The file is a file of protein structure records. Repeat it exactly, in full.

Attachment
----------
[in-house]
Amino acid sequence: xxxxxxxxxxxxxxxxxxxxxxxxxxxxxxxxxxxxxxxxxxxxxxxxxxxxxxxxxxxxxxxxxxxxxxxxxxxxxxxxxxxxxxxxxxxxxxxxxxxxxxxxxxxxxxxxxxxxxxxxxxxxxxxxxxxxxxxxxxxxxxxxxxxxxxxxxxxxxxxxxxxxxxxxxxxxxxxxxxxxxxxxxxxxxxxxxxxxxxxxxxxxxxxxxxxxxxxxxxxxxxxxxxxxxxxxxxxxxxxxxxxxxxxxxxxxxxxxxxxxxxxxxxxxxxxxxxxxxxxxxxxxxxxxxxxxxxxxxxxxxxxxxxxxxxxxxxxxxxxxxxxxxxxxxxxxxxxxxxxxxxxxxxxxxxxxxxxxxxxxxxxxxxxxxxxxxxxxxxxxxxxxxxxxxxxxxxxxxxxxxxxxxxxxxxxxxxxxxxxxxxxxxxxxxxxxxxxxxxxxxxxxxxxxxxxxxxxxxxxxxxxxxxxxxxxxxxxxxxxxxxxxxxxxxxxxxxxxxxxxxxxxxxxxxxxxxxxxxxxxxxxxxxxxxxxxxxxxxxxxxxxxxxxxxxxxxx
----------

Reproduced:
[in-house]
Amino acid sequence: xxxxxxxxxxxxxxxxxxxxxxxxxxxxxxxxxxxxxxxxxxxxxxxxxxxxxxxxxxxxxxxxxxxxxxxxxxxxxxxxxxxxxxxxxxxxxxxxxxxxxxxxxxxxxxxxxxxxxxxxxxxxxxxxxxxxxxxxxxxxxxxxxxxxxxxxxxxxxxxxxxxxxxxxxxxxxxxxxxxxxxxxxxxxxxxxxxxxxxxxxxxxxxxxxxxxxxxxxxxxxxxxxxxxxxxxxxxxxxxxxxxxxxxxxxxxxxxxxxxxxxxxxxxxxxxxxxxxxxxxxxxxxxxxxxxxxxxxxxxxxxxxxxxxxxxxxxxxxxxxxxxxxxxxxxxxxxxxxxxxxxxxxxxxxxxxxxxxxxxxxxxxxxxxxxxxxxxxxxxxxxxxxxxxxxxxxxxxxxxxxxxxxxxxxxxxxxxxxxxxxxxxxxxxxxxxxxxxxxxxxxxxxxxxxxxxxxxxxxxxxxxxxxxxxxxxxxxxxxxxxxxxxxxxxxxxxxxxxxxxxxxxxxxxxxxxxxxxxxxxxxxxxxxxxxxxxxxxxxxxxxxxxxxxxxxxxx